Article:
I often forget that I own a three-legged dog. Other tripod pet owners will understand. It’s easy to forget that fact because they have so easily adjusted to their new situation with the grace and enthusiasm that only pets can. The reality is that adopting a tripod pet (or any pet) is a huge responsibility. Bringing a pet into your home is a big decision, and bringing a three-legged pet into your home requires some extra preparation and dedication — but it’s so worth it! When I went through the process of adopting my dog Tripp, I learned so much about the special requirements tripod pets really need.
Here’s what everyone should know before adopting a three-legged pet:
10. Keep Weight Down
Although every pet should maintain a healthy weight, three-legged pets in particular shouldn’t be allowed to become obese. Tripod pets have a higher risk of developing arthritis because they have fewer limbs to distribute their weight, so becoming overweight can be uncomfortable, unhealthy, and downright dangerous.
9. Be Patient
Every pet adjusts at their own speed. Tripp was up and trying to run around a few days after his surgery, but his situation is unique. The rescue thought he had been hit by a car a while ago, so his leg was already useless to him before they amputated it. He had lots of practice relying on three legs instead of four before he actually had his leg removed. His biggest struggle was balance. A pet who loses their leg to cancer or a sudden traumatic event could have a more difficult time adjusting. Be patient, be kind, and be supportive during their journey.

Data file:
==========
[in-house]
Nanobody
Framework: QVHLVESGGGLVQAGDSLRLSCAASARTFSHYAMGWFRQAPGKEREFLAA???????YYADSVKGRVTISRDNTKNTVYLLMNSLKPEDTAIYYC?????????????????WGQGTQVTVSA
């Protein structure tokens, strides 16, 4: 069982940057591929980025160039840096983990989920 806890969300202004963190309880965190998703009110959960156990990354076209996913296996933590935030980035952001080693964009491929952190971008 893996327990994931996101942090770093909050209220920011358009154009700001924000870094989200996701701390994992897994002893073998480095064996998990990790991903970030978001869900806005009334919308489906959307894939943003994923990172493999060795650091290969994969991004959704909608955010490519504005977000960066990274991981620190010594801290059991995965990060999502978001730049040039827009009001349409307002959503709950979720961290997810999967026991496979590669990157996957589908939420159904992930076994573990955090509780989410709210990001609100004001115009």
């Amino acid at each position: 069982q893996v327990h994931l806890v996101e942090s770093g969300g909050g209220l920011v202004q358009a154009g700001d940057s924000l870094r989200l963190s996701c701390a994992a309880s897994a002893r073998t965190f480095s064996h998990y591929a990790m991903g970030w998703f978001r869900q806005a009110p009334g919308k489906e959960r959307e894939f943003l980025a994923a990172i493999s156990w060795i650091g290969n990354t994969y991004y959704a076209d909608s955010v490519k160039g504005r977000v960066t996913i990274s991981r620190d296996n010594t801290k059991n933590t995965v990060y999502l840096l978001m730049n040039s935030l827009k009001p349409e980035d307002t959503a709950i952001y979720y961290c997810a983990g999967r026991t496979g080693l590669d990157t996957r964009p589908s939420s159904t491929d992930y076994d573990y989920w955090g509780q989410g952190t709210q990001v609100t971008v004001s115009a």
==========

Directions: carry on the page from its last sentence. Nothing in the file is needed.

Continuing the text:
8. A Good Bed Makes All The Difference
Tripod pets are at a greater risk of developing hygromas, particularly on their elbows. Hygromas are fluid-filled swellings that can develop on the elbow, hip, or hock of pets. They develop after repeated trauma to the same area and from laying on hard surfaces. Although typically not painful unless they become infected, they are annoying for your pet and can be prevented. Investing in a good bed for your pet can help relieve joint stress and pressure on their elbows, resulting in a lower chance for a hygroma to develop. We bought a therapeutic one for our bedroom and our living room and it’s so big that both of our dogs can cuddle on it!
7. Ramp It Up
A cat who once had a favorite high place may have difficulty jumping that high after their amputation. Make it easier for them by installing ramps around your house for your cat to easily change levels as desired. If you have stairs into your house, it may be easier for your pet to navigate if you add a ramp.
Speaking of stairs…
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